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For a long time ice climbing has kept this mysterious allure for me. I didn't know much about it, but seeing pictures of guys halfway up these frozen waterfalls with nothing but a couple short spikes holding them up looked terrifying and stupid. I wanted to try. 


Rock climbing was the natural stepping stone for me to get to this place, although they are completely different in many ways. While rock climbing in Wyoming last year I made a new friend who ice climbed in the Winters. He was gracious enough to invite me along on one of his outings to Hyalite Canyon outside Bozeman, Montana. A mecca for ice climbing. 

I rented boots and crampons (the spikes that attach to your boot) from a local shop and mooched the rest of the necessary gear from those in our party. While they hauled backpacks full of climbing gear, my pack was stuffed with camera gear. I'm curious how some people do both.


Our hike from the car started flat on a trail, but was short lived before we started scaling straight up the side of the mountain covering approximately 1.5 miles and 1000ft vertical gain. I made the beginner mistake of starting with too many layers on resulting in a solid sweat on the hike up. Once we reached the icefall in the shadow of the mountain, the sweat backfired and chilled my whole body. Temps were in the mid teens Fahrenheit, perfect for ice climbing, bad if your clothes are damp.

In case you don't know how ice climbing works let me give a brief explanation coming from a beginner. You start at the bottom of the waterfall with crampons on your feet, a harness on your waist and ice axes in hand. A rope is tied to your harness and fed by someone on the ground as you climb higher. You scale by simply jamming your feet and axes into the ice one at a time making sure they are secure in the ice before moving on. After a certain distance has been made, you pull an ice screw off your harness and manually crank it into the ice (these can be 8 inches long). Once secure in the ice you hook your rope through the carabiner attached to the ice screw and press on going up. In rock climbing you anchor into the wall about every 5-10ft. If you're 10ft above your last anchor that means you'll fall 20ft. In ice climbing they would sometimes screw anchors after 20-25ft! When I asked why they space out the screws so far they replied "Rule #1 in ice climbing...don't fall". Fair enough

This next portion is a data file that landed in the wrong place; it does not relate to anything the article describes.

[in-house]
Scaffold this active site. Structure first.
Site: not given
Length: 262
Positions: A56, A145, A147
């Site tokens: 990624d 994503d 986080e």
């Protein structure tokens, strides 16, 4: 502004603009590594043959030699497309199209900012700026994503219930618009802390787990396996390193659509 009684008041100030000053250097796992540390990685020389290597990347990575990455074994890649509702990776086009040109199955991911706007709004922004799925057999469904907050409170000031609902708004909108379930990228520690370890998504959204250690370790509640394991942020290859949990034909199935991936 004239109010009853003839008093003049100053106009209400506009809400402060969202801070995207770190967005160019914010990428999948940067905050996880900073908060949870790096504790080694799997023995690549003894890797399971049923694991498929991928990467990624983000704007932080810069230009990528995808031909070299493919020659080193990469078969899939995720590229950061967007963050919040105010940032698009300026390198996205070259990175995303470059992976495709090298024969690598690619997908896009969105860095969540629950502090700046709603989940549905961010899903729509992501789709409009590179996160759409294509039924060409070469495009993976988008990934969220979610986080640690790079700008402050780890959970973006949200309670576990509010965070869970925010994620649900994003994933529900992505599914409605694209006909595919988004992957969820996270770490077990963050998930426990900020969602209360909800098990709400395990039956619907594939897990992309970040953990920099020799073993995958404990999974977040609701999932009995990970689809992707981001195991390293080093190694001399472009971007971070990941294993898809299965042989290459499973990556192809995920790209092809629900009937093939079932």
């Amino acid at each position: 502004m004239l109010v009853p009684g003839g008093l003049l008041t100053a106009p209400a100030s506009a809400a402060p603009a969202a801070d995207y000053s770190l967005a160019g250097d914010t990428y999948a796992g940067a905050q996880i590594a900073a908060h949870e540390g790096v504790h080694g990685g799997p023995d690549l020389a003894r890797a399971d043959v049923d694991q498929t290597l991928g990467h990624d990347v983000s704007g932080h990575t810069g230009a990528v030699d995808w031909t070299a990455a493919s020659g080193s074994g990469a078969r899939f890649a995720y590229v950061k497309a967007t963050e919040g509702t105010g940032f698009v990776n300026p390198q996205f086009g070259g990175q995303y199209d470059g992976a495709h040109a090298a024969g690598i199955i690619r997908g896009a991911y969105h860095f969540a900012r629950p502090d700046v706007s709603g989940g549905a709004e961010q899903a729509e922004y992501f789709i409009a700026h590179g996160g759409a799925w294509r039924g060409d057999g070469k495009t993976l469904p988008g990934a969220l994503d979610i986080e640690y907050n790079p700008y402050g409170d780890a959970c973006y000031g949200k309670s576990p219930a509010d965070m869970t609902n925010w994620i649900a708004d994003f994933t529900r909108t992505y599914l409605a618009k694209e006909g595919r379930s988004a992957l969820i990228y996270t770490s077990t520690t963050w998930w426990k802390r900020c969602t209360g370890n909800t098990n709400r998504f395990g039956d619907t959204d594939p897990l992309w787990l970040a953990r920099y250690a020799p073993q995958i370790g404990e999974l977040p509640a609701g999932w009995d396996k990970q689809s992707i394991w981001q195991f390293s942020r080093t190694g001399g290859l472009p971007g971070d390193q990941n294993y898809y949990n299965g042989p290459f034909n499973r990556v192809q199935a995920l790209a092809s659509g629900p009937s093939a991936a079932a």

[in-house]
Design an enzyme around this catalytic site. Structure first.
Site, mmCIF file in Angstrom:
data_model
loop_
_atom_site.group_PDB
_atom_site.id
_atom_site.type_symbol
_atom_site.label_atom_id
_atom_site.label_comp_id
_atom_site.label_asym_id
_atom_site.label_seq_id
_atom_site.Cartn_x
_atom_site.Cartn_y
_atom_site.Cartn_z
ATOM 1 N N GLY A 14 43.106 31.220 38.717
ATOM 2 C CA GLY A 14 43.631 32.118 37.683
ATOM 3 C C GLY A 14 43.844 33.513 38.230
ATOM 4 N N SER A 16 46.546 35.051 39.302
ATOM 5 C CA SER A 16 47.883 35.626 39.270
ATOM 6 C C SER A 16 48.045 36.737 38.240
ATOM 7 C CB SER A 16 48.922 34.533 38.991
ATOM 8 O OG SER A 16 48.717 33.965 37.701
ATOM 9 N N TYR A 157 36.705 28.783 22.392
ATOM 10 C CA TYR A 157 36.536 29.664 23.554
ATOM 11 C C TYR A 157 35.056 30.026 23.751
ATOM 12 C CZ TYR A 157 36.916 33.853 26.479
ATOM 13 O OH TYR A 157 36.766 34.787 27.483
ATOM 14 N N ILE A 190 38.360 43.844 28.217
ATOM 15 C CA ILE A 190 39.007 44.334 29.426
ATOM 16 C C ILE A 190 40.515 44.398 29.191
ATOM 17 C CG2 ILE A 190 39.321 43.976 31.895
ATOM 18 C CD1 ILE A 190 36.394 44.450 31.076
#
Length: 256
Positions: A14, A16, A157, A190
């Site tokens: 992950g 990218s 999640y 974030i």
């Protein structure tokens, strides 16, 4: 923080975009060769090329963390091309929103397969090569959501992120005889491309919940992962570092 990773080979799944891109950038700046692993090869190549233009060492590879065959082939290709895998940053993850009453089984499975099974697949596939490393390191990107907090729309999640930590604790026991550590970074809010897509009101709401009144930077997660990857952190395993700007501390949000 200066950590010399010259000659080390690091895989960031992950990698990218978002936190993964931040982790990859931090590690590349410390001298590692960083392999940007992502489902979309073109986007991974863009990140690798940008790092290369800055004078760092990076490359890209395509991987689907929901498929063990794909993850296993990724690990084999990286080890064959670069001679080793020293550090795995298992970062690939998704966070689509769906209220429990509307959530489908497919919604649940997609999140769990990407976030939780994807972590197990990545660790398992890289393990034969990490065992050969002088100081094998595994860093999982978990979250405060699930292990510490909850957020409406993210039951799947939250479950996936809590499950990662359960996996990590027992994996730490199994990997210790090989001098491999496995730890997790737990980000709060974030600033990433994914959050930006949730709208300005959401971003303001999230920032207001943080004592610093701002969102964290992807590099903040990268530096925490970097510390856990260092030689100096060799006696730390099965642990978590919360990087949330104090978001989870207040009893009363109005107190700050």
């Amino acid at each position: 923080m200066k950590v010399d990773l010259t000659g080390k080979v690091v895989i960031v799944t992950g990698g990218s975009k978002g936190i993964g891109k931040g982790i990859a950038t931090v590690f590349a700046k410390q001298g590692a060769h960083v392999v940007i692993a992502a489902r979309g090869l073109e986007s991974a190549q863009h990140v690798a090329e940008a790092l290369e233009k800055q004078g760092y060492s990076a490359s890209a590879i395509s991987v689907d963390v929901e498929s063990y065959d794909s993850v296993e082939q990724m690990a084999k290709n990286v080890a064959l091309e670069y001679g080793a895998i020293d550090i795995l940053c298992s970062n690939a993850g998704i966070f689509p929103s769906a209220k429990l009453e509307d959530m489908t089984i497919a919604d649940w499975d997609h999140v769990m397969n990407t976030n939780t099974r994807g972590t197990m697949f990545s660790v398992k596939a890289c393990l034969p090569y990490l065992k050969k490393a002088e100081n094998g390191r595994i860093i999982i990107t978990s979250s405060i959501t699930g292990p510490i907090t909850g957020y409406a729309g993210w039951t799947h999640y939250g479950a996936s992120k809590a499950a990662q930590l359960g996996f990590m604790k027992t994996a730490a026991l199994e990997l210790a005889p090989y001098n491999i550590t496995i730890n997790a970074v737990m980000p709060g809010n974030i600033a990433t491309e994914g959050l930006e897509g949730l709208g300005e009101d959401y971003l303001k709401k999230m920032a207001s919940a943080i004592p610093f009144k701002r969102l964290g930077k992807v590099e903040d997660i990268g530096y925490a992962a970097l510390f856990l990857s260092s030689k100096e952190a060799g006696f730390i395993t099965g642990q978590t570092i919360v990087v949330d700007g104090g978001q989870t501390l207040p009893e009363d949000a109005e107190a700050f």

Ice climbing might look like a thrill seekers sport, but you won't get much of an adrenaline rush. Not if you're doing it right. If you like playing golf you might like this too. It's a slow movement. 3 points of contact at all times. Sometimes you get the ax to stick the first swing. Sometimes it takes several. It's picking the right line. Holding just the right grip. You have to have a sensitive touch. Be strategic and focused. And of course we can't forget a shoutout to the unsung heroes. The belayers.